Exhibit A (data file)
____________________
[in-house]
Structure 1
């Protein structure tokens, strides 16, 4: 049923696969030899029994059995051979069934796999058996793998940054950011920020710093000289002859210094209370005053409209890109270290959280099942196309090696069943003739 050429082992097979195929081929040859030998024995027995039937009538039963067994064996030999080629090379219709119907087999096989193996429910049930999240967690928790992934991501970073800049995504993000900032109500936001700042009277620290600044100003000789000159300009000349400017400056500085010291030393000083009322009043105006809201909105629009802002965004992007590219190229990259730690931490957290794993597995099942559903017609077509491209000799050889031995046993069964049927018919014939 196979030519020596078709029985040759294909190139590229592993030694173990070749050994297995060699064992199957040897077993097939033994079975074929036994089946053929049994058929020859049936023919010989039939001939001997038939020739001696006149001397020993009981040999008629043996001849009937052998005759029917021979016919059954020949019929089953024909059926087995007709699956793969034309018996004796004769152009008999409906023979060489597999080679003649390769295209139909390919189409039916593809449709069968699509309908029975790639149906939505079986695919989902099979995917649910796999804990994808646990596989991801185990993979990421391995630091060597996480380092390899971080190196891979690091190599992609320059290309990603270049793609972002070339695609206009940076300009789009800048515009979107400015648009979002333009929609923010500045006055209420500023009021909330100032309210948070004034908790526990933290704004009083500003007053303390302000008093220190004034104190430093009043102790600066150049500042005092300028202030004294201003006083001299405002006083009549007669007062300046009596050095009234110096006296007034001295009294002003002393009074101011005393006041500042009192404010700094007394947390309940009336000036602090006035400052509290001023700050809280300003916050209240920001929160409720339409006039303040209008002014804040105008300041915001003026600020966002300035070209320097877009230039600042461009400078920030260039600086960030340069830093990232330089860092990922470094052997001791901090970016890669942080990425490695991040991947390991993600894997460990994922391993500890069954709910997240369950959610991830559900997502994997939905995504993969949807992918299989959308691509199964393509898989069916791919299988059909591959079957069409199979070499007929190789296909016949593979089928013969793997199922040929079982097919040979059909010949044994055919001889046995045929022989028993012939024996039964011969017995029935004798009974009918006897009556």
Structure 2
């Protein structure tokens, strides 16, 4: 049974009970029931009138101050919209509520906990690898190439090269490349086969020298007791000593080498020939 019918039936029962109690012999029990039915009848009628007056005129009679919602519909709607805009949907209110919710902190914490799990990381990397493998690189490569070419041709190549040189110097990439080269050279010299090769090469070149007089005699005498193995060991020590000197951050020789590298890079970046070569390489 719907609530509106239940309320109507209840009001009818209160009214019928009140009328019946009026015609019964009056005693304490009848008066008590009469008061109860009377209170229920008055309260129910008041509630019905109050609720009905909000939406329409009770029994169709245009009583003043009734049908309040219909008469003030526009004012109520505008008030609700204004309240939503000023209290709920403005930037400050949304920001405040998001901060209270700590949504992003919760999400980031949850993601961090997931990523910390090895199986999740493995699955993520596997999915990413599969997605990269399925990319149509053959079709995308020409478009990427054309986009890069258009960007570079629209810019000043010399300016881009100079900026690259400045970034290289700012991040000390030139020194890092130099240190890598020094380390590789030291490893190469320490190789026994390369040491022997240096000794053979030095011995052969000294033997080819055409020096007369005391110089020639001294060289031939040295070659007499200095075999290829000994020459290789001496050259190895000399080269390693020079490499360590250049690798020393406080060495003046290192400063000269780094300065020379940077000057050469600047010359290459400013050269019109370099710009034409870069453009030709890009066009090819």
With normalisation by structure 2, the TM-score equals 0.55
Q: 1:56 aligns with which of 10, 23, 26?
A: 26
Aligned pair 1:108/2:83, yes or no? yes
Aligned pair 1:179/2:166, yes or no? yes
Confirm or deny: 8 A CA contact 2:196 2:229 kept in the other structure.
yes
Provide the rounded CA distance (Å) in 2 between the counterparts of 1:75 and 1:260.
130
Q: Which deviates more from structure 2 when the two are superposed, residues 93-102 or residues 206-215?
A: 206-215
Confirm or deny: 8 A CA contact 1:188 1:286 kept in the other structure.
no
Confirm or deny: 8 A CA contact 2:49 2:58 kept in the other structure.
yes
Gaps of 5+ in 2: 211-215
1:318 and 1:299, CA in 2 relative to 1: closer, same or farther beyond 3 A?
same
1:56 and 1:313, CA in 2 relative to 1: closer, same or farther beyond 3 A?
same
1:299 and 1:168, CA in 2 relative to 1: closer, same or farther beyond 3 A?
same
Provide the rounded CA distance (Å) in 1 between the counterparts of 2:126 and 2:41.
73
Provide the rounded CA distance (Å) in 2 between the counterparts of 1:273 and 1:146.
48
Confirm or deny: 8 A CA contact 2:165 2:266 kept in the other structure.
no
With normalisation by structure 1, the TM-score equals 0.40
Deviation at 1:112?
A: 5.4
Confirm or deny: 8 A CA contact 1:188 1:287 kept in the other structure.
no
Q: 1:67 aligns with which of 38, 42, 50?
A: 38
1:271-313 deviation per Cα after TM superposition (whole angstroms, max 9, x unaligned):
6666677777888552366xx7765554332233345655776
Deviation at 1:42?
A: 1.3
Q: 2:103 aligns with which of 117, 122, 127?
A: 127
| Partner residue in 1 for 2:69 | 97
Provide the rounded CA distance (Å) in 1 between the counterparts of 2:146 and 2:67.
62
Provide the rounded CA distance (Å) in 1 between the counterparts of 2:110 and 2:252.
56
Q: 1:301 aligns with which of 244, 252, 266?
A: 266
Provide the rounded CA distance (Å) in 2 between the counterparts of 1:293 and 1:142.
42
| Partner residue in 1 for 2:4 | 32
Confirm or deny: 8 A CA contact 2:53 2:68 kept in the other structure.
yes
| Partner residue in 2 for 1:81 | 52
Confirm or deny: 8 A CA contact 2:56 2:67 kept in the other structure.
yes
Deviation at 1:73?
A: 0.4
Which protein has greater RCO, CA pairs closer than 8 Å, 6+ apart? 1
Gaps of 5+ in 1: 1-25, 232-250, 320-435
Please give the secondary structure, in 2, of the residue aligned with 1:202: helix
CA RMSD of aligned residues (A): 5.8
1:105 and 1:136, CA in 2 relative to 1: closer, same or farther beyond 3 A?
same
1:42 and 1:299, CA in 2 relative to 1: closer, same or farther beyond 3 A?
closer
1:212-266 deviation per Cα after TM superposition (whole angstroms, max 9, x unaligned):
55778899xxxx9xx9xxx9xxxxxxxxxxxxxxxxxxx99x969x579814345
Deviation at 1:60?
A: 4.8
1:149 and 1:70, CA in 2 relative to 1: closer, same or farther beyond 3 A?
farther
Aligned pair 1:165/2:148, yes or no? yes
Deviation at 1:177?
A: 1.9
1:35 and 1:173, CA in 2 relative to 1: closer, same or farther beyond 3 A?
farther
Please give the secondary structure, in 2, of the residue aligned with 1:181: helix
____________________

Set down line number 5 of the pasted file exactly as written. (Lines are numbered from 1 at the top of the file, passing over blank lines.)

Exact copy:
């Protein structure tokens, strides 16, 4: 049974009970029931009138101050919209509520906990690898190439090269490349086969020298007791000593080498020939 019918039936029962109690012999029990039915009848009628007056005129009679919602519909709607805009949907209110919710902190914490799990990381990397493998690189490569070419041709190549040189110097990439080269050279010299090769090469070149007089005699005498193995060991020590000197951050020789590298890079970046070569390489 719907609530509106239940309320109507209840009001009818209160009214019928009140009328019946009026015609019964009056005693304490009848008066008590009469008061109860009377209170229920008055309260129910008041509630019905109050609720009905909000939406329409009770029994169709245009009583003043009734049908309040219909008469003030526009004012109520505008008030609700204004309240939503000023209290709920403005930037400050949304920001405040998001901060209270700590949504992003919760999400980031949850993601961090997931990523910390090895199986999740493995699955993520596997999915990413599969997605990269399925990319149509053959079709995308020409478009990427054309986009890069258009960007570079629209810019000043010399300016881009100079900026690259400045970034290289700012991040000390030139020194890092130099240190890598020094380390590789030291490893190469320490190789026994390369040491022997240096000794053979030095011995052969000294033997080819055409020096007369005391110089020639001294060289031939040295070659007499200095075999290829000994020459290789001496050259190895000399080269390693020079490499360590250049690798020393406080060495003046290192400063000269780094300065020379940077000057050469600047010359290459400013050269019109370099710009034409870069453009030709890009066009090819």